Teach English in South Korea
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Table of Contents
Here's a glimpse of South Korea.
Major Language: Korean
Getting Around: Aside from paying in cash, South Korea has transportation cards which can be used in buses, subways and in some taxis.
- Subways are the more popular means of transport around Seoul especially with foreigners. Other major cities with subways are Busan, Daegu, Gwangju and Daejeon. It serves as the most convenient and usually most inexpensive way to get around.
- Buses are color-coded and numbered depending on the route.
- Blue buses run for relatively longer distances and major roads
- Green buses run for shorter distances like and drop passengers between transfer points (i.e. subway stations and bus stations for the longer routes)
- Red buses are express buses that run from Seoul to suburban areas
- Yellow buses goes in loops within Seoul districts
- Express buses run on the expressway straight to the destination
- Intercity buses usually makes stopover on smaller cities along the way before getting to the destination
- Taxis are color-coded as well for specific routes. Keep in mind to bring some cash to be sure.
- Trains serve intercity travelling.
- Uber, Grab, Lyft, and other popular ride sharing brands aren't available in Korea. Kakao Taxi is Korea's homegrown app / service that allows users to hail a taxi.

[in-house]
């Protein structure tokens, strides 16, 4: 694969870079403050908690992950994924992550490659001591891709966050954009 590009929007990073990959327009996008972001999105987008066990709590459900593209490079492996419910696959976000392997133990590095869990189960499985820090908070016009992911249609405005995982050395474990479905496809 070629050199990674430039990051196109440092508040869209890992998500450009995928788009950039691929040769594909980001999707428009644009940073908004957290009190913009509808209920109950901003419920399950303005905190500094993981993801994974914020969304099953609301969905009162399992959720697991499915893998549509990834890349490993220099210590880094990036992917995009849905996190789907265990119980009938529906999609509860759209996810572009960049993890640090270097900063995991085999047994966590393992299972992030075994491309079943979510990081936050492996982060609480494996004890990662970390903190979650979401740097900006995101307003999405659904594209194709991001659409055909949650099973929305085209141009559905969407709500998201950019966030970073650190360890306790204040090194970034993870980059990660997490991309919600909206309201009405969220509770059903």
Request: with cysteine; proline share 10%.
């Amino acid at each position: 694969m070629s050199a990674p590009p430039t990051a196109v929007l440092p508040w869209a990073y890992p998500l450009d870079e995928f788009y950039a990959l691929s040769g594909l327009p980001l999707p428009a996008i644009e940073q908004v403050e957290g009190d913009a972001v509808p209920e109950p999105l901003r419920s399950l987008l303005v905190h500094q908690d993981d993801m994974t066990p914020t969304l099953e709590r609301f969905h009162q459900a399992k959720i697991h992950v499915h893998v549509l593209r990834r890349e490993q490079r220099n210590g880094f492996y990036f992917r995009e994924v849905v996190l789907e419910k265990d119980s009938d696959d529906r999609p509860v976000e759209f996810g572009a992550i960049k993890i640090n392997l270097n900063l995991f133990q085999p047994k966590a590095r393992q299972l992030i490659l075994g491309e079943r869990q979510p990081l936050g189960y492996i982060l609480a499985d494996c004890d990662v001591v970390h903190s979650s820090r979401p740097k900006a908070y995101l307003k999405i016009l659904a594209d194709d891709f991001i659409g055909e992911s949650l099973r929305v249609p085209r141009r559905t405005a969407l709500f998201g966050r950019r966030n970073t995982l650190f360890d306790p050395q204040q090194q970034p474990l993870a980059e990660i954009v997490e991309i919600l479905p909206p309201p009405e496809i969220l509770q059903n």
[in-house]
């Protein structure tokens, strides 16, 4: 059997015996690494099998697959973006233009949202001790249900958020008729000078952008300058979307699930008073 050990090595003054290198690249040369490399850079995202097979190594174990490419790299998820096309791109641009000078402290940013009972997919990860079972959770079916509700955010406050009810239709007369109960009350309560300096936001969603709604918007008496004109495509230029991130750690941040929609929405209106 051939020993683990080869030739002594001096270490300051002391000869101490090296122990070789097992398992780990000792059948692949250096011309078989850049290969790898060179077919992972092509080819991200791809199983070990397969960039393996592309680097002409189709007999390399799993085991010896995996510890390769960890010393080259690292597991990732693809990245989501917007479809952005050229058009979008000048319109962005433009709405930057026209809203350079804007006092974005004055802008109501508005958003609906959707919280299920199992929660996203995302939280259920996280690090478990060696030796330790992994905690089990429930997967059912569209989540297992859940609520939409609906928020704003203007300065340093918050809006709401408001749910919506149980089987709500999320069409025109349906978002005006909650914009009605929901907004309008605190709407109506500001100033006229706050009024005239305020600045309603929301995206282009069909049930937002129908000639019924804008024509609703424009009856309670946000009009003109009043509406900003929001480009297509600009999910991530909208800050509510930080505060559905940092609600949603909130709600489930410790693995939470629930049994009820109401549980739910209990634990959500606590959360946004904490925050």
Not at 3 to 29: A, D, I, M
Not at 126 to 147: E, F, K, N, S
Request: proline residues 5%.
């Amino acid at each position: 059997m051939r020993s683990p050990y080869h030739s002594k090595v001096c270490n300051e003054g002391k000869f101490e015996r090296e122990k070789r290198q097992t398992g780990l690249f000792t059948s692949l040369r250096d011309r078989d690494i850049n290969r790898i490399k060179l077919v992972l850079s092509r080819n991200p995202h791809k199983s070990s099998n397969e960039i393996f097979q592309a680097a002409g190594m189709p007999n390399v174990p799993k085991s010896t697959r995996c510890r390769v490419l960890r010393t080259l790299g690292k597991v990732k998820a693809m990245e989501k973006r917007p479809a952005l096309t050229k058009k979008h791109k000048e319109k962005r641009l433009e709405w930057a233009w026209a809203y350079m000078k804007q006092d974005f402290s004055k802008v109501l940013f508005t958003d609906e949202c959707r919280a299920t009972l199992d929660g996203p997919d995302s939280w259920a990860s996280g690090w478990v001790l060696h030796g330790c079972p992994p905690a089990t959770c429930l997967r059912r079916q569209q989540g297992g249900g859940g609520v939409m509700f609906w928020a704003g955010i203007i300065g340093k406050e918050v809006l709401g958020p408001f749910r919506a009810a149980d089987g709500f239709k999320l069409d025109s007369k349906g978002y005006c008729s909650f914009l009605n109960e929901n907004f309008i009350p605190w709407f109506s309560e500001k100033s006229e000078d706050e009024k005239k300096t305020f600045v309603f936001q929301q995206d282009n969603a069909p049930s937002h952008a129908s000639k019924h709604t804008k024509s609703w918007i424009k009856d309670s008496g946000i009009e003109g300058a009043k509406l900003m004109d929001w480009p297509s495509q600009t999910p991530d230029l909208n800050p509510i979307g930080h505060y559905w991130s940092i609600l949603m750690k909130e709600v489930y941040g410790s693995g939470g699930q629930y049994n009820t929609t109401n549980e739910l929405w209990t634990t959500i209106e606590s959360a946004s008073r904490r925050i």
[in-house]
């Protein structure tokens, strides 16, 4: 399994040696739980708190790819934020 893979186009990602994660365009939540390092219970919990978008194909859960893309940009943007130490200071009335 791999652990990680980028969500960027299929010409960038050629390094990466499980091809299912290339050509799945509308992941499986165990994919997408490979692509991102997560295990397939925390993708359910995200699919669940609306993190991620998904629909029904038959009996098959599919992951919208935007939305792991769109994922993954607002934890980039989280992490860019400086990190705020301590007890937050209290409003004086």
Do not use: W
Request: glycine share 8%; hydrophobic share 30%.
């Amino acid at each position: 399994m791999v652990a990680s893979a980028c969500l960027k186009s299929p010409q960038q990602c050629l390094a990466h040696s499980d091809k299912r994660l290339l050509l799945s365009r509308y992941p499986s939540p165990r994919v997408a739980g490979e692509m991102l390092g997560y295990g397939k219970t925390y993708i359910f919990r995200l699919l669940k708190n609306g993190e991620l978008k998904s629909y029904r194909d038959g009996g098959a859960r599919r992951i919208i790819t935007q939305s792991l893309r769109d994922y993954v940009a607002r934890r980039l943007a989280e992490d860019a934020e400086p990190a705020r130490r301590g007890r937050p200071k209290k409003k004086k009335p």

- Gyeongbokgung Palace was the official residence of the royal family during the Joseon dynasty.
- N Seoul Tower is located at the top of Namsan mountain and is popular for its view of Seoul's nightscape and famous love locks.
- Bukchon Hanok Village is probably the more popular among the other places which still has the traditional Korean houses because of its location, which is near the Gyeongbokgung Palace. Previously, this area is where the relatives of the royal family lived.
- Lotte Tower is the tallest tower in the country with 123 floors. Located in Seoul, it's also the 6th tallest in the world.
E-2 Foreign Language Teaching Visa - This visa is restricted to applicants coming from countries whose mother tongue is the language they are going to teach. For example, a US teacher should teach English language, not French even if the same teacher is fluent in French. Citizens from Canada, USA, United Kingdom, Australia, New Zealand, Ireland, and South Africa are allowed to teach English. Other requirements for the E-2 Visa is a bachelor's degree, a criminal background check, and medical checkup. Check more details about Visa Application Requirements on their official website.
Application and Contracts:
There are many recruiters online to process your application before going to South Korea. Not all are created equal, so it's best to do as much research as possible before signing a contract. Contracts are usually set for 1 year.
Who can legally teach here:
Make sure to check the category of the school you will be teaching for with your recruiter. Teachers holding an E-2 visa are not allowed to teach privately (i.e. one on one lessons outside school). It may be tempting to pick up a few private lessons, but there's a risk of being caught, fines, or the possibility of being banned from teaching in South Korea.